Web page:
Singapore's Straits Times and Hong Kong's South China Morning Post are the only English language newspapers I know that do not allow their stories to be read online for free.
Even the Financial Times allows some of its stories to be read for free.
Not the Straits Times. All you can read for free on its website are wire stories, letters to the editor, readers' comments — and, yes, its blogs. Just don't expect to see the newspaper's regular columnists there. You can read Paul Krugman and Thomas Friedman for free, but you have to pay to read Andy Ho and Sumiko Tan.
It just goes to show the amazing strength of the Straits Times that, while virtually everyone else is giving away original content for free, it can still charge for what it has to offer.
Newspapers can allow free online access because the digital medium is so cheap, says Chris Anderson in his book, Free. It's fascinating reading. The Wired magazine editor says why readers must pay to read his magazine but enjoy free access to the website:
"In print, I operate by the rules of scarcity, since each page is expensive and I have a limited number of them… Not only are our pages expensive, they are also unchangeable. Once the presses run, our mistakes and errors of judgment are preserved for posterity (or at least until they are recycled)…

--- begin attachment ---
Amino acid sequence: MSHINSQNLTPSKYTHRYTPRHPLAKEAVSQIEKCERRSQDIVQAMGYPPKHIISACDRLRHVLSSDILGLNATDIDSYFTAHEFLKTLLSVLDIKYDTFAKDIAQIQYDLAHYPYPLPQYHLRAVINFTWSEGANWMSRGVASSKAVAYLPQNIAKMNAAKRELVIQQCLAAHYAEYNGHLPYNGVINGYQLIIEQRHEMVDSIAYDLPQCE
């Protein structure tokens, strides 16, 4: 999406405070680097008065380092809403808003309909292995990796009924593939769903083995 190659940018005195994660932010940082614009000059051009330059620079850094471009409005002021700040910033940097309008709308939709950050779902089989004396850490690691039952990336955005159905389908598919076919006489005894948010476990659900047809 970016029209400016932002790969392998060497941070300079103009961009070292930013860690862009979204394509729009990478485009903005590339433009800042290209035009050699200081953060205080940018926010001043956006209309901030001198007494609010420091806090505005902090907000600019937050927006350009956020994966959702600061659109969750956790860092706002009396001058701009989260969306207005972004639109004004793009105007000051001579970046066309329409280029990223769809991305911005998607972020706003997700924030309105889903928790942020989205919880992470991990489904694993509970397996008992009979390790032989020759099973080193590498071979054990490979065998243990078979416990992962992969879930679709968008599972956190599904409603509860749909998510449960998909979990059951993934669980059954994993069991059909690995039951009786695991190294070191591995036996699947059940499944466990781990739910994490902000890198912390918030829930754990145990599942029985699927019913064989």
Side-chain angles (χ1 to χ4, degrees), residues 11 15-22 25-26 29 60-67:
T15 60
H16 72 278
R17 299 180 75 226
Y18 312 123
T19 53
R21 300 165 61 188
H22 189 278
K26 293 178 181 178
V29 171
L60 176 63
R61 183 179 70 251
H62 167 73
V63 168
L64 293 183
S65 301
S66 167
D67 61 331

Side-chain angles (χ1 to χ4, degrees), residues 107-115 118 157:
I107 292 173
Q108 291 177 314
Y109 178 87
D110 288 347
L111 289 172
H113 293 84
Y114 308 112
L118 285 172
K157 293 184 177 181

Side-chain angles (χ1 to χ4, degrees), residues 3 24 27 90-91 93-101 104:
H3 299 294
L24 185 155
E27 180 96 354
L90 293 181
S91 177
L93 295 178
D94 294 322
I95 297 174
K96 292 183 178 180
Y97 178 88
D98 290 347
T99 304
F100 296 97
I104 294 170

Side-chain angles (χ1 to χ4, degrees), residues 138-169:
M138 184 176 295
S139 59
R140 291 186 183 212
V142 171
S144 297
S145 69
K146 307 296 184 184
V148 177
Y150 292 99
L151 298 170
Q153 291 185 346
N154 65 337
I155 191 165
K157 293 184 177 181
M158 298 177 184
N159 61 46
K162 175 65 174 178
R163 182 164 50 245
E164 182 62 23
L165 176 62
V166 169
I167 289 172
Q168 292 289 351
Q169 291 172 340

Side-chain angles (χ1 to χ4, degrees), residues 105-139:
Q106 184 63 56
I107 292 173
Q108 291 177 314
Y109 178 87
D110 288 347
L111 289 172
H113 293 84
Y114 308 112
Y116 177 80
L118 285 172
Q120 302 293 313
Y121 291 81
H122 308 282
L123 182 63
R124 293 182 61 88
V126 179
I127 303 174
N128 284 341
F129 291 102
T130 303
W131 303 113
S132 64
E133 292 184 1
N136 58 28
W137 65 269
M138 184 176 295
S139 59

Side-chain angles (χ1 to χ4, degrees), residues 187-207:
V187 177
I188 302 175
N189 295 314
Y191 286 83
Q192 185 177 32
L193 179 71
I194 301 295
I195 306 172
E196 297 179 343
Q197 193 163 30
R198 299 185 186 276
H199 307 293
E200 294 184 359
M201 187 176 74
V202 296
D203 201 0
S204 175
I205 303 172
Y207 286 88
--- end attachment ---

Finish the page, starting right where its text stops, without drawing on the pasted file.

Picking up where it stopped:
"Online, however, pages are infinite and indefinitely changeable. It's an abundance economy and invites a totally different management approach. On our Web site we have dozens of bloggers, many of them amateurs, who write what they want, without editing…
"Standards such as accuracy and fairness apply across the board, but in print we have to get everything right before publication, at great expense, while online we can correct as we go."
The website costs only a fraction of the magazine business:
"We pay dollars to print, bind and mail a magazine to you… but just microcents to show it to you on our Web site. That's why we can treat it as free, because on a user-by-user basis, it is, in fact, too cheap to meter.
"Overall, our server and bandwidth bill amounts to several thousand dollars a month. But that's to reach millions of readers."
Newspaper publishers are beginning to ask what's the point of reaching millions of readers when advertisers are willing to pay for only a certain target audience.
But money alone no longer makes the world go round, as even businesses acknowledge. Why else do they make such a fuss about brand recognition?
Welcome to the attention economy. Another reason to read Free, especially if you are a blogger or interested in the media.
Anderson explains the new economy in terms any blogger or user of Facebook, Twitter or MySpace will understand:
"Today when you link to someone on your blog, you are effectively giving them some of your own reputation. In a sense, you are saying to your audience: 'Leave me. Go to this other place. I think you'll like it, and if you do, perhaps you'll think more of me for having recommended it.'
"Ideally, this transfer of reputation leaves both parties richer. Good recommendations build trust with a readership, and being recommended confers trust, too. And with trust comes traffic.